The term salary comes to us from sal, the Latin for salt, along with the story that Roman soldiers were often paid with salt, which at that time was both valuable and tradable. Some scholars doubt that, and suggest the term comes from the money given to Roman soldiers to buy salt.
Whatever, salary definitely comes from the Middle English salarie, from the Latin salarium, from the neuter of salarius, meaning pertaining to salt - but what's the big deal with salt anyway?
Salt is not only essential to life but necessary to the flavour of nearly all our foods. When we describe people as "salt of the earth" these days we usually mean simply that they are nice, but the original meaning was either that they were essential or that they gave life flavour by being interesting.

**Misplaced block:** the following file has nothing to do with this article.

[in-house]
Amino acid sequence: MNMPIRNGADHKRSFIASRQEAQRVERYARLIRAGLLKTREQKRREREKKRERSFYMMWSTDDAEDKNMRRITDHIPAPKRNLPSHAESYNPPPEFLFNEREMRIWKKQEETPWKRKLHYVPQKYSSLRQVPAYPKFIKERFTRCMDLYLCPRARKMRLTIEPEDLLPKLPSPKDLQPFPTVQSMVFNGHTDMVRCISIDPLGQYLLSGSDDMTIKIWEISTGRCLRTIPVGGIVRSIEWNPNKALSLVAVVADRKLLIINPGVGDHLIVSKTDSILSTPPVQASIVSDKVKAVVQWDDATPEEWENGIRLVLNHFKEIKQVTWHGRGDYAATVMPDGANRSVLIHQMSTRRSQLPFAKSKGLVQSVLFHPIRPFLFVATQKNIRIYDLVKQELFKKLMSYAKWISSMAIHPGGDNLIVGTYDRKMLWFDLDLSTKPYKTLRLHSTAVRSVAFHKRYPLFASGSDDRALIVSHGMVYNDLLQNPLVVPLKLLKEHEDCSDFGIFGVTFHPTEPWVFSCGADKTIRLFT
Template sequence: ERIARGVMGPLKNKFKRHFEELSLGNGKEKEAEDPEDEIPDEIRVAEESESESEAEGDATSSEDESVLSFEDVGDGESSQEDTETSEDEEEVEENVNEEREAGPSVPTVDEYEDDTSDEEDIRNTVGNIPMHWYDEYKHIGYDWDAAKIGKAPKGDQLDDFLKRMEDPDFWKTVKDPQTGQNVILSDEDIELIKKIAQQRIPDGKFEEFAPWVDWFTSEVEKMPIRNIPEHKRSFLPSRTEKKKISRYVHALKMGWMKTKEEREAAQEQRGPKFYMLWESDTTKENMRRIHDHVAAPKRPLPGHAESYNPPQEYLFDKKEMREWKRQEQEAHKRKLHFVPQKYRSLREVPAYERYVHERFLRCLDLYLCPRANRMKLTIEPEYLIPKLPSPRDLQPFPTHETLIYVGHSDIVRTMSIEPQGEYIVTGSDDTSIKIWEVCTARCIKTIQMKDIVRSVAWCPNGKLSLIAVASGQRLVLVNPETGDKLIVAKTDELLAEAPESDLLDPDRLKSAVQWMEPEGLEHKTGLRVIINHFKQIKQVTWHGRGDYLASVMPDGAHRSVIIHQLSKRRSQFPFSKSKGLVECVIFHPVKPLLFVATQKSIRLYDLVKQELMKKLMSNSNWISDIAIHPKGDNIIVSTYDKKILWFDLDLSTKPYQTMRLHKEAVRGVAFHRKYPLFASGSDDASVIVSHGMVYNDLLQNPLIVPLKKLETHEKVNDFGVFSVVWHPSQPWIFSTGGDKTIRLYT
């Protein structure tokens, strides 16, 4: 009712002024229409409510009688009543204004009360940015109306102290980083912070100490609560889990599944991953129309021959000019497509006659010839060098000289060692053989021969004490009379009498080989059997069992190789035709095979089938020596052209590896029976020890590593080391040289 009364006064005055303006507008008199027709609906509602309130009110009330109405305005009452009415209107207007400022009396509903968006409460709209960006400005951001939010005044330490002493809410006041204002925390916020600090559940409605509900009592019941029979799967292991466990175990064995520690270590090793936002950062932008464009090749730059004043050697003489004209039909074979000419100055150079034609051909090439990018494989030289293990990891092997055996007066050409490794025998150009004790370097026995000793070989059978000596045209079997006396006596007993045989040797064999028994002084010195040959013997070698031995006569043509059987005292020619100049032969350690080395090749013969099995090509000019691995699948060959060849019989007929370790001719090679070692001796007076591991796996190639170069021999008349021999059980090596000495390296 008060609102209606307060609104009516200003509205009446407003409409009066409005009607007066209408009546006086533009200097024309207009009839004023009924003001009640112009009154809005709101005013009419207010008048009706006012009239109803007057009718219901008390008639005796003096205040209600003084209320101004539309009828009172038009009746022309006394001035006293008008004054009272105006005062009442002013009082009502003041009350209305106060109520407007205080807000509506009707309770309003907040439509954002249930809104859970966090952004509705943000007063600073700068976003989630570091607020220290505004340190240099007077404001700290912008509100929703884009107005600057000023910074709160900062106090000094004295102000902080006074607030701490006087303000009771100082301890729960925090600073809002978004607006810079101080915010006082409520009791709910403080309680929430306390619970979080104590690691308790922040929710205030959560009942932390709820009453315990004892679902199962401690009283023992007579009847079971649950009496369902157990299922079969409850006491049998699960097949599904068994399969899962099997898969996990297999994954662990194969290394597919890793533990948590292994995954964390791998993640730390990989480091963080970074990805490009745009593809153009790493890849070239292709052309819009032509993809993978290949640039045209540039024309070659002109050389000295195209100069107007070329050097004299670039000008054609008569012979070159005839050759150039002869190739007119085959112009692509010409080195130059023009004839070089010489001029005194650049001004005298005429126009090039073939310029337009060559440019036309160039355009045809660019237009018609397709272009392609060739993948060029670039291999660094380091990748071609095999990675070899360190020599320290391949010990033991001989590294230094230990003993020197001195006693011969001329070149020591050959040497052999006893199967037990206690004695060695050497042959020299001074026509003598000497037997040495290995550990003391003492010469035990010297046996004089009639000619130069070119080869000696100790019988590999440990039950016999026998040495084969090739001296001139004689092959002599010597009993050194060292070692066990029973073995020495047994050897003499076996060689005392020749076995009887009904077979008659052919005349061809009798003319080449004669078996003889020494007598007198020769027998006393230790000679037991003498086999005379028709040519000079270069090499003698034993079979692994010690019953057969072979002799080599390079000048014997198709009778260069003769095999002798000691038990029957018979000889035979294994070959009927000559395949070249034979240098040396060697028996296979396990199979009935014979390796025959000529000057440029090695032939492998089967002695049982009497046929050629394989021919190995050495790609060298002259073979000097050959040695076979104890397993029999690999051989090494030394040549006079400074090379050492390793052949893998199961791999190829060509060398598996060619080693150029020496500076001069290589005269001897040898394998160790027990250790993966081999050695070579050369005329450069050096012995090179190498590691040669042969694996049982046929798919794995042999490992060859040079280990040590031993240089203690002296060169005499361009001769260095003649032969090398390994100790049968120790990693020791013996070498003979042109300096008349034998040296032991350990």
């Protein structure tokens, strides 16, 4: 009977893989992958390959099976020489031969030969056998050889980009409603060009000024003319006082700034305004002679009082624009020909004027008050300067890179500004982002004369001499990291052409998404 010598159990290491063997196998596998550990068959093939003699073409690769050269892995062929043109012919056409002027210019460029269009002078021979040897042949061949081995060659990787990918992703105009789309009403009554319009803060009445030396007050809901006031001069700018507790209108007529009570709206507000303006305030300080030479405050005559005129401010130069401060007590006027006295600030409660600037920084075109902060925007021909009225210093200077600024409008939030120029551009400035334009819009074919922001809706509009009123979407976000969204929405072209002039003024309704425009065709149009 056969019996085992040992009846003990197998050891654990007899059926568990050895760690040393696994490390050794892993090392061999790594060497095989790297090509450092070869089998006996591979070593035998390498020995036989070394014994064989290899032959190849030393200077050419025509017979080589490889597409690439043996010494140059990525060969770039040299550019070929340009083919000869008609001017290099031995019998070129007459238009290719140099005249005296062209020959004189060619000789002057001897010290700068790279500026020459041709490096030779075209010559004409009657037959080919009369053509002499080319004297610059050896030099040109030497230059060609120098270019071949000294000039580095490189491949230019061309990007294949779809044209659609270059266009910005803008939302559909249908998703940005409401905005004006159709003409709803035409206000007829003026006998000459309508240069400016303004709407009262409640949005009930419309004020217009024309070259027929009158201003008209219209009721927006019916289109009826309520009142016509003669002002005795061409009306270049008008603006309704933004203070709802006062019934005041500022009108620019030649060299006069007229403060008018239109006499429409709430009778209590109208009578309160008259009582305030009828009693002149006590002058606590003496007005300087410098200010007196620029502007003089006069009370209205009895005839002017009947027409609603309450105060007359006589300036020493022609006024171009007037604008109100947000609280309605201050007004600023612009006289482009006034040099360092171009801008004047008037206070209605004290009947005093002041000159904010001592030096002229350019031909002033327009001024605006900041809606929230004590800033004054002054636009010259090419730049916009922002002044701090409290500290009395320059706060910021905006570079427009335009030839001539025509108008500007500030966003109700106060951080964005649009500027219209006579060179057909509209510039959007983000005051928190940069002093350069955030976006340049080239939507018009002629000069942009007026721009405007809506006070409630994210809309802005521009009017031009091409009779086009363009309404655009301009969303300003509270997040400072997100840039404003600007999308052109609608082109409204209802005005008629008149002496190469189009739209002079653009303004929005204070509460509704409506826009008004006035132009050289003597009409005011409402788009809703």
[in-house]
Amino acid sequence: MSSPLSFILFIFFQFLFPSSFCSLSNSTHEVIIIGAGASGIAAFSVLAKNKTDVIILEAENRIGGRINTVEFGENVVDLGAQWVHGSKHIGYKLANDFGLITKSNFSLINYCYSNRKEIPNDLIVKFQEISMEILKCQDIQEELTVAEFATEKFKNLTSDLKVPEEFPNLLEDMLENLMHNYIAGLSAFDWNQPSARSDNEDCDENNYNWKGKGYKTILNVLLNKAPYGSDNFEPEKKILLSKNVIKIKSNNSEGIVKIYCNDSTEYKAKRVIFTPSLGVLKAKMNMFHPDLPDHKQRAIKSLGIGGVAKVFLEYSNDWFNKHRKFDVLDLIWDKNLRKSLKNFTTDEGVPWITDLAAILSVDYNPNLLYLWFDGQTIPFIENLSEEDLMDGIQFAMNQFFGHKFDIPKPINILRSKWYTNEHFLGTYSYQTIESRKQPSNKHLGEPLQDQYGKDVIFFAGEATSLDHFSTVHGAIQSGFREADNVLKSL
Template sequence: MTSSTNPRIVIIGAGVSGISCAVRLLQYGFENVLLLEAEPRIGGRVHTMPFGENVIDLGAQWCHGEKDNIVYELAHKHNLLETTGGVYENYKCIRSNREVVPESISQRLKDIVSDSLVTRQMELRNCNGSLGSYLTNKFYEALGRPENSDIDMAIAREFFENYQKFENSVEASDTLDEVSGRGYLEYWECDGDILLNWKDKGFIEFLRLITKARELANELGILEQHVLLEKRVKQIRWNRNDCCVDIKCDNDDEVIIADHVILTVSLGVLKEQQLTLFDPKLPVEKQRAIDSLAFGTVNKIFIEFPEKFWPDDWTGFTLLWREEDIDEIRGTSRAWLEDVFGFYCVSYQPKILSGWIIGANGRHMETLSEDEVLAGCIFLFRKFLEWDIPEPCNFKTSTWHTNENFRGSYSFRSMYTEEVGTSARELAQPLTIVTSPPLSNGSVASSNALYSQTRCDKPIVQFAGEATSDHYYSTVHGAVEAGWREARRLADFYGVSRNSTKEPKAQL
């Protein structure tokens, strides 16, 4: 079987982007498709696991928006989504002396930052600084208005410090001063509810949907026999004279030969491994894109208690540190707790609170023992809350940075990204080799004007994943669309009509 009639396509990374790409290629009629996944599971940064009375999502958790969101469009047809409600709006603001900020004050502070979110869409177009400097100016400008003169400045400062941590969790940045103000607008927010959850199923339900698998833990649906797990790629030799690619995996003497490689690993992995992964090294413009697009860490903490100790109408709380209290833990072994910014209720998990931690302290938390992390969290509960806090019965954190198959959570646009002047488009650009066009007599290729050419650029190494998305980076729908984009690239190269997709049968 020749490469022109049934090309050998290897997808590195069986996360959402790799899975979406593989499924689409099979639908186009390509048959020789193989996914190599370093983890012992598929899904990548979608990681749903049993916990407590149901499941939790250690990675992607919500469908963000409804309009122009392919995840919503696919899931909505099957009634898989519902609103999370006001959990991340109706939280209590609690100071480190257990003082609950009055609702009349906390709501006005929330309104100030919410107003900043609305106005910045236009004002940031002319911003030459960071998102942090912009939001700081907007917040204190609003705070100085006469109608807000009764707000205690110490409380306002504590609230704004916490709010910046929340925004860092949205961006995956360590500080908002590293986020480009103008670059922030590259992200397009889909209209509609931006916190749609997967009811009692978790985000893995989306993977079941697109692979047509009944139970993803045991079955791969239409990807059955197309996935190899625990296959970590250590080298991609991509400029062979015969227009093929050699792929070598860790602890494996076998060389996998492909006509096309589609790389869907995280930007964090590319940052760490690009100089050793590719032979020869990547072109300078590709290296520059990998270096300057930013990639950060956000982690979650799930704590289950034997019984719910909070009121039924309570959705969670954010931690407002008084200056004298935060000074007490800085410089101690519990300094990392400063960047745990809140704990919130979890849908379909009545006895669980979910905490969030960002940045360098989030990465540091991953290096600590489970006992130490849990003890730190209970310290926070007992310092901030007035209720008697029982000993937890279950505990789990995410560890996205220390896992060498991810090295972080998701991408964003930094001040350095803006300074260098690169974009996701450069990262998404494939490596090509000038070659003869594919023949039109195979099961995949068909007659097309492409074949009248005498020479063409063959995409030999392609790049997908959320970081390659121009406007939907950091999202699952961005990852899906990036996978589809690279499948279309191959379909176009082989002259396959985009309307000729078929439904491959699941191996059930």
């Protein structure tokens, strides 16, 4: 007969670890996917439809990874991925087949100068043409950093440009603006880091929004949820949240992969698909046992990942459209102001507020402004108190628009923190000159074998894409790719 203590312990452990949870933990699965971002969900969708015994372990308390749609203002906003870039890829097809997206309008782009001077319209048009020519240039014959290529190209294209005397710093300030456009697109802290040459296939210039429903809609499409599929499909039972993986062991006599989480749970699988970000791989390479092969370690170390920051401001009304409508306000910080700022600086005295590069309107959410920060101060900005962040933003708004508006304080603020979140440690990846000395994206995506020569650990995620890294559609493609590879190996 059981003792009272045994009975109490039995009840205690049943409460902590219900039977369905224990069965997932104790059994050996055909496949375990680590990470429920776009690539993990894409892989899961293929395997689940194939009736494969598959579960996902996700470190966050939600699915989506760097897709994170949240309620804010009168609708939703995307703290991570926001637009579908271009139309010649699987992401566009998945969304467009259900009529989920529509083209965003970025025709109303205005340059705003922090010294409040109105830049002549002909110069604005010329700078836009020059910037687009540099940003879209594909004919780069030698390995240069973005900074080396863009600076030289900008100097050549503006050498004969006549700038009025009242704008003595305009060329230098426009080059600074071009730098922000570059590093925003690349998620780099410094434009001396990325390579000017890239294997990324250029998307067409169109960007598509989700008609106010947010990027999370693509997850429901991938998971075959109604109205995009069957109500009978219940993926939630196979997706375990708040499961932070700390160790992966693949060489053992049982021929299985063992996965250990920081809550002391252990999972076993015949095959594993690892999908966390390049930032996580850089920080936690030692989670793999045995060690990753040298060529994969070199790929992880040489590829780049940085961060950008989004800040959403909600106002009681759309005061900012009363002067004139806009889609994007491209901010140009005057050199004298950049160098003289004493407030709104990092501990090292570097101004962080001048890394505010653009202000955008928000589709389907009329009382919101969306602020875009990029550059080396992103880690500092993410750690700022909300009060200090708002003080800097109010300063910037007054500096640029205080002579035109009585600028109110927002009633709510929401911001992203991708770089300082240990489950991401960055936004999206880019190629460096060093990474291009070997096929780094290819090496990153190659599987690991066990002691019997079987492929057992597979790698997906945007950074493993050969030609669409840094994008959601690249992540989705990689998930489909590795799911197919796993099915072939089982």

And when we accept an implausible tale with "a pinch of salt" or in its Latin form cum grano salis, we make it more palatable and more readily "swallowed".
FEEDBACK: Peter Spierings, of Carseldine in Brisbane, has pointed out that the Dutch for soldier is soldaat, and that pay is soldij, which is closer related to booze, nicotine and women than to salt: "There seems to be a link between soldier, soldaat and soldij," he wrote. "Could it be that sol- has its origin in Greek?"
Close. It was Latin, from solidus, solid. This, it seems, was used by Romans as a shortened form of nummus solidus, or solid coin, which found its way into Old French as soulde, pay, and the coin known as a sou. Since the essence of being a mercenary soldier was that one was paid for one's trouble (as opposed to being conscripted), anyone who thus served was known as a soudier, which begat the modern French soldat and the English soldier.
The word solder also comes from solidus: it originally meant to make solid.
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